As for the content of the post, it’s still pretty accurate. I hate the thought of disappointing people, especially those of whom I feel immense respect for. Like my 15-year-old self, I don’t believe half of the compliments people give me. I’ll always feel like there’s more I can do, more I can be. I didn’t spend much time on the work I produced for my current internship and cringed every time I saw my boss’s name pop up in my inbox. I thought she’d be disappointed with my work. On the contrary, she was thrilled and even invited me back for a second internship this semester.

Thinking before speaking is definitely a newly acquired skill of mine. Who knew it would take me five years to really follow through on those claims I made in that draft? I also think more about what company I’m in and try to tailor what I want to say. There are so many ways one can offend another person without even realizing it. “It’s my mouth I can say what I want to,” Miley sings. Yeah. But sometimes you really really can’t. Sometimes it’s better to say nothing at all. You may not believe me, but I can be quiet. Except when my mom and I are in a silent church and she makes me laugh. But that’s another story.

I don’t know what was going on in my teenage-girl brain in that draft, but at least I know that my age and my life may change, but my values don’t have to.

 

Draft 1 of 97 complete.

Welcome home

Home doesn’t feel like home anymore.

Sure, the dogs greeted me and Weezie the cat made a few appearances, but it’s not my home.

My childhood bedroom with its lime green, sky blue, raspberry pink and orangey orange walls close me in after branching out too far.

I can’t relate to 13-year-old Emily anymore. She’s the one who picked those colors and the bedding. I’m still very colorful, but I shed experiences every time I walk through the doorway. I’m back to the beginning, making the glow-in-the-dark flowers on the ceiling into triangles of Mickey Mouse’s nose and ears. My drawers are full of abandoned poetry books, cellphones and hair accessories. My bedroom door took a beating during my “nobody understands me!”, braces-clad phase. Returning is a bit debilitating and a hit to my morale.

I’m so happy with where I am now.

It’s a new place I am making my own. I’m discovering the area’s quirks, little by little. Thirteen-year-old, metal-mouthed Emily used to gaze in wonder as her oldest brother, Jordan, showed the family around the Chautauqua Institution, an area unbeknownst to us. Now 19-year-old Emily is doing what Jordan did.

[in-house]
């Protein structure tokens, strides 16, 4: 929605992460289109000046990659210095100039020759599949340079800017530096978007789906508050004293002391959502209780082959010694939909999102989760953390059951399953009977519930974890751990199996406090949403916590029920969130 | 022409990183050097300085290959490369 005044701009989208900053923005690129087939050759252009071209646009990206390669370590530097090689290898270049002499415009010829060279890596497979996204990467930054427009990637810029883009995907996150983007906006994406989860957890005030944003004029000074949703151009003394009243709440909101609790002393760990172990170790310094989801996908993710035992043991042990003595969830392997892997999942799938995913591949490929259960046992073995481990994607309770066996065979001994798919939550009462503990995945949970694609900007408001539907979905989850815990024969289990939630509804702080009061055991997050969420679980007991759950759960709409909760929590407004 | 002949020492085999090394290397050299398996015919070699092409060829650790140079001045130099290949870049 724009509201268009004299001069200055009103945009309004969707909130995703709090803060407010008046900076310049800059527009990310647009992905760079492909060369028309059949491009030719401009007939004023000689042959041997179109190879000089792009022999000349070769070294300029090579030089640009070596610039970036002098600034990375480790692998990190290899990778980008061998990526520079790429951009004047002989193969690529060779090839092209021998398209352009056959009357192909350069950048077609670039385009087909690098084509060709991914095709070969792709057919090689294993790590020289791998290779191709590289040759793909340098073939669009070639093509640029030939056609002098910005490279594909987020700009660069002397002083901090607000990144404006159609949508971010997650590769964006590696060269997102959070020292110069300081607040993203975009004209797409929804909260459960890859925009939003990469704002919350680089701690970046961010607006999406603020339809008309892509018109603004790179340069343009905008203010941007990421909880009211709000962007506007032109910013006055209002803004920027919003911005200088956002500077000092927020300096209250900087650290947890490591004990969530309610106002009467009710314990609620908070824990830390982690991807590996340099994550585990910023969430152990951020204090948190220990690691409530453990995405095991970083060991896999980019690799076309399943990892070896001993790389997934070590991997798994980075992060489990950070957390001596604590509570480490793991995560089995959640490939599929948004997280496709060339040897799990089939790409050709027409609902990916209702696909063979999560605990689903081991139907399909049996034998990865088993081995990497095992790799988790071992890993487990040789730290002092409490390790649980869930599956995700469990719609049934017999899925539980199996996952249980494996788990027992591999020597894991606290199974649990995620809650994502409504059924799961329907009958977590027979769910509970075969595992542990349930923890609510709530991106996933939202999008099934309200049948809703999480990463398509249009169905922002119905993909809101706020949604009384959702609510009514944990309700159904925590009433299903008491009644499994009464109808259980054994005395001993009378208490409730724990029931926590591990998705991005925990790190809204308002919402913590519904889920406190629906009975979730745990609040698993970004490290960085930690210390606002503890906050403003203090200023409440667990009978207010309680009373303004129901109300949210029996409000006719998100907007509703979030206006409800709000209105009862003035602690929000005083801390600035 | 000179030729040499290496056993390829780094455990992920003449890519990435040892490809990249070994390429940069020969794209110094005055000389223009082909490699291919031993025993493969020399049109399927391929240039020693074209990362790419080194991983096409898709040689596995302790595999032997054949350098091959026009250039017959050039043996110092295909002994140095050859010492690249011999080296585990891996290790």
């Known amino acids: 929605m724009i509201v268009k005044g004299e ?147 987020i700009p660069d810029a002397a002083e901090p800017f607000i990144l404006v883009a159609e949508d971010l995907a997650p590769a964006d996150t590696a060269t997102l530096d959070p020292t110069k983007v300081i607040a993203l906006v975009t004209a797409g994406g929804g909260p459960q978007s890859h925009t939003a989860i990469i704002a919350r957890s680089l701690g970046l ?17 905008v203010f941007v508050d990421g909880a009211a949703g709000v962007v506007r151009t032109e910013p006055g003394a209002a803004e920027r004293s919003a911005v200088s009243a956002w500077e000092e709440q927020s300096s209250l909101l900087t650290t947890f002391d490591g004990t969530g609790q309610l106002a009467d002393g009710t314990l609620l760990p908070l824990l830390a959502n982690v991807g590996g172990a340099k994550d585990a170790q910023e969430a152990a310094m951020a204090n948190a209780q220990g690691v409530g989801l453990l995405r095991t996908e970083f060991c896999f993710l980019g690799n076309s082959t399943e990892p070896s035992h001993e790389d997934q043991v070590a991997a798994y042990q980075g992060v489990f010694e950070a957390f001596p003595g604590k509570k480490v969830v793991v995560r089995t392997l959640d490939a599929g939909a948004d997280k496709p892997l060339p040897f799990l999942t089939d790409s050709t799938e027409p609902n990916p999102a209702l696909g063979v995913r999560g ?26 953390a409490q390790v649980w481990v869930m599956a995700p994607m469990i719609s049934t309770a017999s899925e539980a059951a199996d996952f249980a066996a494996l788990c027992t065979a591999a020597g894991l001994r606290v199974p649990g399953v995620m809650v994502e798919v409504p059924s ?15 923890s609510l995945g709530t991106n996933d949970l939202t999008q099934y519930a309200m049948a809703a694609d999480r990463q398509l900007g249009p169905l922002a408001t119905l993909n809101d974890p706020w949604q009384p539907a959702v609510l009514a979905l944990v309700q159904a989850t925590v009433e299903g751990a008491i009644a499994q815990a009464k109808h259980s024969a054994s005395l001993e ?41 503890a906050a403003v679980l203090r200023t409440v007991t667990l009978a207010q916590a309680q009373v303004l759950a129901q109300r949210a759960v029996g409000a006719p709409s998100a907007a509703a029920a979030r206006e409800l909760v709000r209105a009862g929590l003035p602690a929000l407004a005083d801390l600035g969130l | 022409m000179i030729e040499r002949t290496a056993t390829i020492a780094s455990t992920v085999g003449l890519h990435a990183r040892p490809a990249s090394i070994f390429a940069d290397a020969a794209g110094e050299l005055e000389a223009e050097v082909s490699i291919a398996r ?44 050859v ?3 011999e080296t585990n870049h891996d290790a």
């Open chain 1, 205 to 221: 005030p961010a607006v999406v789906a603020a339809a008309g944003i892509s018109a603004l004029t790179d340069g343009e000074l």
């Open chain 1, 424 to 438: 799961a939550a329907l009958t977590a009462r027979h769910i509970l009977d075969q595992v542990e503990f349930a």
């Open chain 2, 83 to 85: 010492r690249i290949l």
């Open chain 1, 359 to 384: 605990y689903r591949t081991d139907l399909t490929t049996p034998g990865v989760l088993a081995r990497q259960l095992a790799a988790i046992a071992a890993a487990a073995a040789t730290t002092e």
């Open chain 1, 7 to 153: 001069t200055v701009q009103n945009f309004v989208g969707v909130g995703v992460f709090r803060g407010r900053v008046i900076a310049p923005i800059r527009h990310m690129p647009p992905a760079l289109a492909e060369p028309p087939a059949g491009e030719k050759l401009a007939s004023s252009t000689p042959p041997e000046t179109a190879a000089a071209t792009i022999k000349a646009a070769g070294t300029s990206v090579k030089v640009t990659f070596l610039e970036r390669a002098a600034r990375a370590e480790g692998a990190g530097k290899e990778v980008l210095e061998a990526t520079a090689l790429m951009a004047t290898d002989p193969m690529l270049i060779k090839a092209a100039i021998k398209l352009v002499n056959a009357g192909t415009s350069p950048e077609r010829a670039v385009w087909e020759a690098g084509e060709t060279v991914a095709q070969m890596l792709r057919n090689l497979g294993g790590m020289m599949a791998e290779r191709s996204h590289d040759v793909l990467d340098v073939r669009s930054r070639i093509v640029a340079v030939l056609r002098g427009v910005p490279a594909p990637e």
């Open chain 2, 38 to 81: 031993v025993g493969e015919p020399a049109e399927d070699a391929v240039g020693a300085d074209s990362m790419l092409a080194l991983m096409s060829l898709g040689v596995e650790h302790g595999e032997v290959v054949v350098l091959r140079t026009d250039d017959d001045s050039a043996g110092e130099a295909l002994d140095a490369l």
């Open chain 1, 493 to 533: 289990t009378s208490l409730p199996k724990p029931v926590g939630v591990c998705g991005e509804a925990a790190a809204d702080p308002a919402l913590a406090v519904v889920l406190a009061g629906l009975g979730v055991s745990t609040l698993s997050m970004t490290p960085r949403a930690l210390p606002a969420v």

I run and check out the neighborhoods. I brought my bike back with me from home this past weekend and discovered a really neat park tonight where I plan to spend a lot of my summer. And you just can’t beat the main, bustling street full of family-owned shops and boutiques. I find something new every time I walk/run/bike down it.

I’m secure with being alone and doing things for me. Running for me. Biking for me. Finding new nooks and new swingsets to swing the evenings away on.

And then watching the sun set every night:

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The post you’ve been waiting for…

It’s been tough, to say the least. 

It would have been three years on the 21st… I was a wreck. I needed distractions that day; my friends delivered.

But when one of our songs came on in the dining hall, I couldn’t breathe. 

A staple I had in my life before is now gone. And I’m at the point where all I can remember is the good. Not the bad. But there were bad times.

There were bad times.

There were bad times.

There were arguments and “we need to talk”s. 

It wasn’t easy anymore. It became a challenge… one I wasn’t up to fighting for anymore.

Maybe –– maybe –– it’ll pick up again. 

For now I just need to be me.

Gertrude, Part II (never let it topple)

I wrote this post as part of my personal anthology project in 2009 during my sophomore year of high school. I was 15.

The writing could be better. But, at the time, my teacher found it good enough to mark a grade of over 100 percent on the grading page.

So the spacing’s a little wonky and the writing isn’t quite up to par, but it’s the post that gets me the most traffic on this site and has for years.

“I bet you forgot about Gertrude McFuzz.
Well, that’s nothing new –– I mean, everyone does!” (Seussical The Musical)

No, Gertrude. I definitely haven’t forgotten about you.

You’re part of the namesake of this blog and get to serve as its banner. You’re the reason why I’m as strong as I am and why I keep pursuing the difficult things in life. You taught me how to build high self esteem and to never let it topple. You gave me confidence.

I brought your book (present in Seuss’s Yertle The Turtle and Other Stories) back to school with me and have it on my desk’s shelf. Its cartoon-y colors stand out among the works of Chaucer, Margaret Atwood and F. Scott Fitzgerald, but it still belongs.